Junk Credit Risk Drops to Two-Year Low in Europe on Fed StimulusKatie Linsell
The cost of insuring high-yield corporate bonds against losses dropped to the lowest in more than two years in Europe after the Federal Reserve unexpectedly refrained from paring monetary stimulus.
The Markit iTraxx Crossover Index of credit-default swaps on 50 companies with mostly speculative-grade credit ratings fell 11 basis points to 365 at 4:30 p.m. in London, the lowest since May 2011. Telecom Italia SpA, Italy’s biggest phone company, and Swisscom AG were among companies that sold bonds in Europe today.
The Federal Open Market Committee said it wants more proof of an economic recovery before curbing its $85 billion-a-month asset-buying program, surprising analysts predicting a $5 billion cut to Treasury purchases. Chairman Ben S. Bernanke said there is no fixed schedule for tapering, which could still start this year should data confirm the Fed’s “basic outlook.”
“It’s a positive knee-jerk reaction, but whether it translates into an ongoing rally is debatable,” said Hans Lorenzen, a credit strategist at Citigroup Inc. in London. “With more liquidity than expected, markets are anticipating that excess demand for securities will continue for longer. That’s supportive for higher-risk assets in particular.”
The Markit iTraxx Europe Index of 125 companies with investment-grade ratings dropped four basis points to 89, the lowest level in four months. A decrease signals an improvement in perceptions of credit quality.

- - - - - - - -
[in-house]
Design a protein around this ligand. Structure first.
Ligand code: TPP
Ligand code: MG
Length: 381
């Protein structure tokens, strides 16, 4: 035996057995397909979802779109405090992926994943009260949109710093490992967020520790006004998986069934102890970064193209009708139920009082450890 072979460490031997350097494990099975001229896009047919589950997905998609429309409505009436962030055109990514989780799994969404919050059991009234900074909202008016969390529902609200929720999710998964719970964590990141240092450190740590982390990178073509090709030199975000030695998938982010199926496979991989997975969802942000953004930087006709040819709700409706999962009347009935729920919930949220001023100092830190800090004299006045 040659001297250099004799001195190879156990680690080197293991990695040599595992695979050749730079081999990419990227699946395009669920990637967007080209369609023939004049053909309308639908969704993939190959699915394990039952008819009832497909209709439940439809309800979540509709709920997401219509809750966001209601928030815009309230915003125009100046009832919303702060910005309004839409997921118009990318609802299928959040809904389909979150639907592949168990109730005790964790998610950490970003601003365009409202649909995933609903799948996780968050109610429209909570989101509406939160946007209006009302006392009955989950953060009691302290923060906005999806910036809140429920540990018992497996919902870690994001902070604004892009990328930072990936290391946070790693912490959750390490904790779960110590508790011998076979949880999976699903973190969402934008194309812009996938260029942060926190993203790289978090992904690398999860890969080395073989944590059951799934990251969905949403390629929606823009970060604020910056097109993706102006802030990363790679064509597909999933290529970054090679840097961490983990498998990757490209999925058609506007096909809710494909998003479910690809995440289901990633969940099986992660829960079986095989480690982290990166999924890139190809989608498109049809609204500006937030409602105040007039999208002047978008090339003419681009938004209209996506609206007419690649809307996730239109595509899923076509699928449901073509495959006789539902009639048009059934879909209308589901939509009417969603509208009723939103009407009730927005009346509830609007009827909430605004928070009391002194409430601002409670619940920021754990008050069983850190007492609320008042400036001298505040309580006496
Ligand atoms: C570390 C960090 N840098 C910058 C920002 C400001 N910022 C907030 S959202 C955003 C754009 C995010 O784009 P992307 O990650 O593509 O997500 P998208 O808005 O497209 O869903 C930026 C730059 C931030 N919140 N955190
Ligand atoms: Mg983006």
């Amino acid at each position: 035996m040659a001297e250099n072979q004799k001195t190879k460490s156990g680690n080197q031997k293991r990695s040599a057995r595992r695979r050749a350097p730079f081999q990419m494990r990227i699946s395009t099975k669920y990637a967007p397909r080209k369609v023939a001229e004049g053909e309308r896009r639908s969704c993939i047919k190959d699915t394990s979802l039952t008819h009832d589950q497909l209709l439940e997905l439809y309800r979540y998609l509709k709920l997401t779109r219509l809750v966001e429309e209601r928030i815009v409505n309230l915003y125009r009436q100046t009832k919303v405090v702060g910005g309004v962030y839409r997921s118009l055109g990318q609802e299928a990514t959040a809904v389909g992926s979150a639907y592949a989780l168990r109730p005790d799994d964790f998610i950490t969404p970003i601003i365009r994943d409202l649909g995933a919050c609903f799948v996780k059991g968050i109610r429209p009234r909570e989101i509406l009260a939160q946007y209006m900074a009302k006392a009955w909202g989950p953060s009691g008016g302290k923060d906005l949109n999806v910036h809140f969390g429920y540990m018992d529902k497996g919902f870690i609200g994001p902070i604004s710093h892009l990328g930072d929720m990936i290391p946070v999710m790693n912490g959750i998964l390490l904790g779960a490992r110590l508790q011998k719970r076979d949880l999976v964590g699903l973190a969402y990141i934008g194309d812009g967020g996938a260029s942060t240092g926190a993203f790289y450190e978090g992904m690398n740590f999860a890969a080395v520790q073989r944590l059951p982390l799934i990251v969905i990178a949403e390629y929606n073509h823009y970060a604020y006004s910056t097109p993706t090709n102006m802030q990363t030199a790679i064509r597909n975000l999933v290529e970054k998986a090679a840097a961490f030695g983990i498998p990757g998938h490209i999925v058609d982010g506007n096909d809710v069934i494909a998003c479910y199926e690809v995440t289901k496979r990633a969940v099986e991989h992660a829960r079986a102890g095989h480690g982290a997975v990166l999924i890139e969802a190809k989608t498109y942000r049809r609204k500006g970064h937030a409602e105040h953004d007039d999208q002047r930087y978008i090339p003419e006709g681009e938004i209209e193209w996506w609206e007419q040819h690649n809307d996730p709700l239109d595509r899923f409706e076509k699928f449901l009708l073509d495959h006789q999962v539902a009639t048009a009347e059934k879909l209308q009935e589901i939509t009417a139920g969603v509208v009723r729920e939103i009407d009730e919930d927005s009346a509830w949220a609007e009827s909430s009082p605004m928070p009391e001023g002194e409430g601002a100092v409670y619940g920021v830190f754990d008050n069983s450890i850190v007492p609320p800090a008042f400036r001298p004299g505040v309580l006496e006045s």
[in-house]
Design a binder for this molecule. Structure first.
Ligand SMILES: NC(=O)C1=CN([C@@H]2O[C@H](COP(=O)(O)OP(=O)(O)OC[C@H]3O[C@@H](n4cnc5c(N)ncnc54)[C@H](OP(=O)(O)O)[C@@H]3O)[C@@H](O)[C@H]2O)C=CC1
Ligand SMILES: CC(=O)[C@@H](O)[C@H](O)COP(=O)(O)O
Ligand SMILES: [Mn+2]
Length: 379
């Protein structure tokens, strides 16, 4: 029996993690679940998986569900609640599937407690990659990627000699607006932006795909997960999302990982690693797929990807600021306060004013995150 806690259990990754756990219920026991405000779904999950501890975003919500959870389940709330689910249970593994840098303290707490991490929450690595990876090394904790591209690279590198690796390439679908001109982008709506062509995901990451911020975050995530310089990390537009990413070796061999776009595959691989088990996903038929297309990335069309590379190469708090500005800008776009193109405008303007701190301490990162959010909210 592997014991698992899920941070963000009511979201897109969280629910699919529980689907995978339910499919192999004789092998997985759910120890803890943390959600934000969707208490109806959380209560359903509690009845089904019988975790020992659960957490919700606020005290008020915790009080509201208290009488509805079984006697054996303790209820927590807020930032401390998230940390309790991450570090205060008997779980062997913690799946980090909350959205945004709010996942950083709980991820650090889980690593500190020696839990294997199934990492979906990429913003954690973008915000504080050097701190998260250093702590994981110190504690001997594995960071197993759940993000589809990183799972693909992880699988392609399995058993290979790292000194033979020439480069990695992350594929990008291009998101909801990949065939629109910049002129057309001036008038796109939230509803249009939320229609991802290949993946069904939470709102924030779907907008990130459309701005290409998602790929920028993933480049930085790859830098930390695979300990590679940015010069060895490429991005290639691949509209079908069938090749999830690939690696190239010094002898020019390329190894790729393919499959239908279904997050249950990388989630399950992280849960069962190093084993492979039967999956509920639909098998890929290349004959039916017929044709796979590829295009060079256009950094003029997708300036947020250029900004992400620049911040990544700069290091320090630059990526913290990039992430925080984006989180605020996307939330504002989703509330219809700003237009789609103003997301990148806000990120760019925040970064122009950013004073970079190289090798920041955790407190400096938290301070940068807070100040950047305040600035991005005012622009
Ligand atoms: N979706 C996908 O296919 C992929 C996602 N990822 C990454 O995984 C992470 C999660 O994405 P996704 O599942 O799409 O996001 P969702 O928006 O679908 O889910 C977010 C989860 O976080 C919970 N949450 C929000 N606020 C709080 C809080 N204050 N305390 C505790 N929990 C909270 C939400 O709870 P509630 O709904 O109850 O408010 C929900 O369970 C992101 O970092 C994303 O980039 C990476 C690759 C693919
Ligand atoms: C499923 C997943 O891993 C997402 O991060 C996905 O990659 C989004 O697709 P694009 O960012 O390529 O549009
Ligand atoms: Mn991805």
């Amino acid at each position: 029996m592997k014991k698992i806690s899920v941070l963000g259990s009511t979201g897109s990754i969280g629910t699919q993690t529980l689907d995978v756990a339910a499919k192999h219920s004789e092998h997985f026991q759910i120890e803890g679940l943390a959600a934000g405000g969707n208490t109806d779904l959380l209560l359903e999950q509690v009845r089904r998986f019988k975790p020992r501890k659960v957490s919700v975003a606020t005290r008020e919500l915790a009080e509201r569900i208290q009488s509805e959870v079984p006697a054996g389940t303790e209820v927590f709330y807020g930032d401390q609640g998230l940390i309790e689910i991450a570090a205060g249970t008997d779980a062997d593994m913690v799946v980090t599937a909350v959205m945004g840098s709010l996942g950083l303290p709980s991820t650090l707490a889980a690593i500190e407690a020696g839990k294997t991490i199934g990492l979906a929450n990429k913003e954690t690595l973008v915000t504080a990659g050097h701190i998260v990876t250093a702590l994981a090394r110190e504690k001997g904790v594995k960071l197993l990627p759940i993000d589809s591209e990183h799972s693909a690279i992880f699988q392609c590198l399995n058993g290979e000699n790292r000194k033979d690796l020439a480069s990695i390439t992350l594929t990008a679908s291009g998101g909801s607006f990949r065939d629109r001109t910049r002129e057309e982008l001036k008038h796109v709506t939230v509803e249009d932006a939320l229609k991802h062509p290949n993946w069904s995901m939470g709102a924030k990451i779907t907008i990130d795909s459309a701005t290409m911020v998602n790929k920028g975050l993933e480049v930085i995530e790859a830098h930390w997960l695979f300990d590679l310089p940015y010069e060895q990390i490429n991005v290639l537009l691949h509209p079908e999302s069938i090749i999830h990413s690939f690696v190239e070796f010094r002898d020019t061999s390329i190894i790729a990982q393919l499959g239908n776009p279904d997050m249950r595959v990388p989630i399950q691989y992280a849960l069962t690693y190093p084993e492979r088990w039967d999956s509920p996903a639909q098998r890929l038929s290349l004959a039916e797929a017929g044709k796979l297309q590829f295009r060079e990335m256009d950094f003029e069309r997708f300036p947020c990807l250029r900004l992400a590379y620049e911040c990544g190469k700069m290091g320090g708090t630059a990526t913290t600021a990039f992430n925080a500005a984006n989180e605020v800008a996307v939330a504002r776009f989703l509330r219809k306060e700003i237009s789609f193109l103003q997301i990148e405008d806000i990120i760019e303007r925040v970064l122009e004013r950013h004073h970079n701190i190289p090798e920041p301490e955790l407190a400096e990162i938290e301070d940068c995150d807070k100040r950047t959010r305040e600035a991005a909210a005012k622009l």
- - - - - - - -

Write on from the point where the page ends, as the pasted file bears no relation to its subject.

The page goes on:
The yield investors demand to hold junk-rated company bonds fell two basis points to 4.9 percent yesterday, the lowest in almost three weeks, according to Bloomberg bond index data.
In the new issue market, Milan-based Telecom Italia sold 1 billion euros ($1.4 billion) of seven-year bonds to yield 330 basis points more than the midswap rate, data compiled by Bloomberg show. The company has the lowest investment grade ranking from all three major ratings companies with a negative outlook.
Swisscom, Switzerland’s biggest phone company, issued 500 million euros of seven-year bonds through its Lunar Funding V unit. The notes yield 40 basis points more than swaps.
Australia Pacific Airports Melbourne Pty Ltd., the owner and operator of Melbourne Airport, raised 550 million euros from a sale of 10-year securities yielding 105 basis points more than swaps. It was the company’s first sale of securities in euros, Bloomberg data show.
Hapag-Lloyd AG, a German liner shipping company, is meeting investors for a sale of 200 million euros of five-year high-yield notes. It would be the Hamburg-based company’s first bond sale since 2010, Bloomberg data show.